Due to a number of unforeseen circumstances over the last few months, I managed to miss every opportunity to drive the all-new Land Rover Discovery Sport. It is probably one of the most significant new models to reach SA in 2015, so when somebody asked me recently if I’d like to have a go, I was seated behind the wheel before he could finish the sentence!
The Discovery Sport is basically a new Freelander, ever though Land Rover says it isn’t. It’s more or less the same size, uses the same engine, and has the same off-road ability, but costs a little bit more than the now defunct Freelander.
But it’s now a Discovery — a badge that has done a lot for Land Rover over the past decade. And it’s proud of that, judging by the in-your-face lettering across the clamshell bonnet.
I really like the way it looks. It’s not as ostentatious as the Range Rover Sport, but it doesn’t exactly blend into a crowd, either. In my view, Land Rover’s current design ethos is spot on. It’s immediately recognisable, with its perfect blend of muscle and sophistication.
The interior is very well executed. There are many standard features, and the quality of the materials is superb. It’s also practical, which is something the people who use it for family holidays and off-road adventures will enjoy very much.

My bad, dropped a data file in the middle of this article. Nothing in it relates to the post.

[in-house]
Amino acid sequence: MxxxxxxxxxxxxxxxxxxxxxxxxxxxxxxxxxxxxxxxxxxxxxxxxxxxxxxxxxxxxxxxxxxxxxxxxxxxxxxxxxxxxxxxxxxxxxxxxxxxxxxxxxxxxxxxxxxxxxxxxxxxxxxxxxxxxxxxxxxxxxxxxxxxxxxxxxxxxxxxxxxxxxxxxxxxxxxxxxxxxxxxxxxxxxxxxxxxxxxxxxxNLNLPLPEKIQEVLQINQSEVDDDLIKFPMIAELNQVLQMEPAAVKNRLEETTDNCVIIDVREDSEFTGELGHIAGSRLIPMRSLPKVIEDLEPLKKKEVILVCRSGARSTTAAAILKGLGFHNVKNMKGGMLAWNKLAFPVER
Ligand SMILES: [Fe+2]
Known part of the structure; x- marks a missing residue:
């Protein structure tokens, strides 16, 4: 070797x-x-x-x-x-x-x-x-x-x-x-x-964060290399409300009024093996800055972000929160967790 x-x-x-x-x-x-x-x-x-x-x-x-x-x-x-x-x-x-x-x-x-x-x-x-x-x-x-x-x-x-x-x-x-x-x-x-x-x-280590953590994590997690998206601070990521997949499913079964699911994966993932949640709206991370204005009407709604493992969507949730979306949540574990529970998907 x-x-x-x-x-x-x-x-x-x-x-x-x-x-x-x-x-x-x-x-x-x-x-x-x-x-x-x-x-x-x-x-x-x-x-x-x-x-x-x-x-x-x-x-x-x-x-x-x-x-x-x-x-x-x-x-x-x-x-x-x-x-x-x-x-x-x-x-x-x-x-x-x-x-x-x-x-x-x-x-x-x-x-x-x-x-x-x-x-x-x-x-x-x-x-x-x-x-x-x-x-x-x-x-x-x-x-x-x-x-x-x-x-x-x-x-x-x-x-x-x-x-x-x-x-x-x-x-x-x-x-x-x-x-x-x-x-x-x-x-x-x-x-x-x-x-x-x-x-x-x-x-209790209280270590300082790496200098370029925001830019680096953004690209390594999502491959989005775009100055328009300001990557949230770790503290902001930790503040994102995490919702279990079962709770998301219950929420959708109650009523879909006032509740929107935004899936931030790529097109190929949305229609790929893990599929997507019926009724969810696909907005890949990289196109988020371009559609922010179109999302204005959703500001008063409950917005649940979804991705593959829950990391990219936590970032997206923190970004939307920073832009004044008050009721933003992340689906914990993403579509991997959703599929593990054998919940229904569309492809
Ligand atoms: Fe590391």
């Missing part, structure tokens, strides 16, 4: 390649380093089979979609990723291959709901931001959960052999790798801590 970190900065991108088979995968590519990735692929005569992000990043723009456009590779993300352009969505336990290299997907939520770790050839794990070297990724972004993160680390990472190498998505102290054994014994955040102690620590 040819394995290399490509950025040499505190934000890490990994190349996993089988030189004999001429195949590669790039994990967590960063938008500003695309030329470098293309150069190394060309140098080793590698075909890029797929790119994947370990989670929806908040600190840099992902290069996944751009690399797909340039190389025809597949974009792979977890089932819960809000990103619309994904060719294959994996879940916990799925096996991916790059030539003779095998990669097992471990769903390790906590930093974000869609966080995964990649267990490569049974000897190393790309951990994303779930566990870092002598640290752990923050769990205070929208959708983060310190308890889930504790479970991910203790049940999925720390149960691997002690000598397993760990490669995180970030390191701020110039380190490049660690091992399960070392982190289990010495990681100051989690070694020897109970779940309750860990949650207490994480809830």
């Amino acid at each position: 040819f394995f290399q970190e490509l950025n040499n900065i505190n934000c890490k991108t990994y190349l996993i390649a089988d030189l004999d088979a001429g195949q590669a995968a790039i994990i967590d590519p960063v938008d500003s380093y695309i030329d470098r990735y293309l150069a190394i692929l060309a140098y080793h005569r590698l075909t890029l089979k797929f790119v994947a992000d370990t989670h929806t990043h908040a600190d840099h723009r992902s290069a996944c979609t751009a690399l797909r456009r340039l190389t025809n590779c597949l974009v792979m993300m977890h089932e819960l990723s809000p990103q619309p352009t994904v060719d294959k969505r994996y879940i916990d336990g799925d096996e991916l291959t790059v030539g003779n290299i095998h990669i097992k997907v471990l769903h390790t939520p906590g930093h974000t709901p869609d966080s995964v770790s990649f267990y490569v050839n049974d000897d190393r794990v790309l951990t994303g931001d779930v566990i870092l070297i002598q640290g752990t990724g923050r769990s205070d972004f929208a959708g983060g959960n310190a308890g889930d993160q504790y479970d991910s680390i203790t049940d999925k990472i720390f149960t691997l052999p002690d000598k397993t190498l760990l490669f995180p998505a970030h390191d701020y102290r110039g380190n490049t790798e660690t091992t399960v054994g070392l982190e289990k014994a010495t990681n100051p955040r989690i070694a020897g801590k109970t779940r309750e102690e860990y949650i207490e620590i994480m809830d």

The highlight for me was the standard sound system. I wouldn’t even recommend the high-end system, as the standard one does a pretty good job of delivering outstanding sound quality at high volume.
On tar, the Sport was a masterpiece. The new nine-speed automatic gearbox does a stellar job in and around town. The steering is light when you are buzzing around at low speed, but it weighs up nicely as the pace increases.
I drove mostly on gravel, however, and that’s where the Disco really excels. I was following a Defender for the entire route and couldn’t help but notice how the passengers in that car were bouncing up and down on a few badly corrugated roads. In the Disco Sport we were perfectly comfortable. It’s like off-roading in a Lufthansa business class seat.
The Sport basically does all the work for you. It comes as standard with Land Rover’s Terrain Response system, so you just tell it about the type of surface you’re on and point it where you want to go.
The 2,2-litre turbocharged diesel engine feels a bit outdated, but power figures are still decent enough. It delivers 140kW and 420Nm of torque, and the fuel consumption on the trip averaged around 10l/100km.
It’s worth noting that the Disco Sport’s current engine line-up will soon be replaced by a host of all-new petrol and diesel offerings, so if you’re in the market, hold off until these models arrive.